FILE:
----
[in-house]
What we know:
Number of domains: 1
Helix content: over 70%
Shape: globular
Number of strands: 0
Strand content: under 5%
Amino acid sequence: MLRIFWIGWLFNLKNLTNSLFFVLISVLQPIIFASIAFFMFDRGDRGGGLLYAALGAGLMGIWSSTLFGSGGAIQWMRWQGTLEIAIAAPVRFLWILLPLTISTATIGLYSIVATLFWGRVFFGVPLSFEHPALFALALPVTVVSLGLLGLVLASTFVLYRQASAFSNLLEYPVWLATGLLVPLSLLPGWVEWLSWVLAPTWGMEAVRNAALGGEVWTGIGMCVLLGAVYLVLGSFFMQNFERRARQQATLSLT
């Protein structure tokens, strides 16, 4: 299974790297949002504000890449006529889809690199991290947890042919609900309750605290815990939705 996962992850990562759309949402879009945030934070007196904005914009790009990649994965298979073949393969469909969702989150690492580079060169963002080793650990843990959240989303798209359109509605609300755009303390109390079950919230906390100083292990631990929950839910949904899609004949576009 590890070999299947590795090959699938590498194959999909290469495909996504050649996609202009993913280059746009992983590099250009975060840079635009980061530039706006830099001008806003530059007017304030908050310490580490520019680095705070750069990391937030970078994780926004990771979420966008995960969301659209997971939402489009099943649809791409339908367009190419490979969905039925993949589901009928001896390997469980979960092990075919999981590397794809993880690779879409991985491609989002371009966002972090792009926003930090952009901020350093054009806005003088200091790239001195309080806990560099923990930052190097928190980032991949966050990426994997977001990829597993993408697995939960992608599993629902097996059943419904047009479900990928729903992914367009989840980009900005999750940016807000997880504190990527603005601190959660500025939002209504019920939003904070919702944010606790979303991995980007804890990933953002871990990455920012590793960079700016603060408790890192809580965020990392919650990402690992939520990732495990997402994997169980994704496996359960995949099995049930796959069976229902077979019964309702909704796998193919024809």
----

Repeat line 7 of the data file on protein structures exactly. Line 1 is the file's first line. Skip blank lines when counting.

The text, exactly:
Strand content: under 5%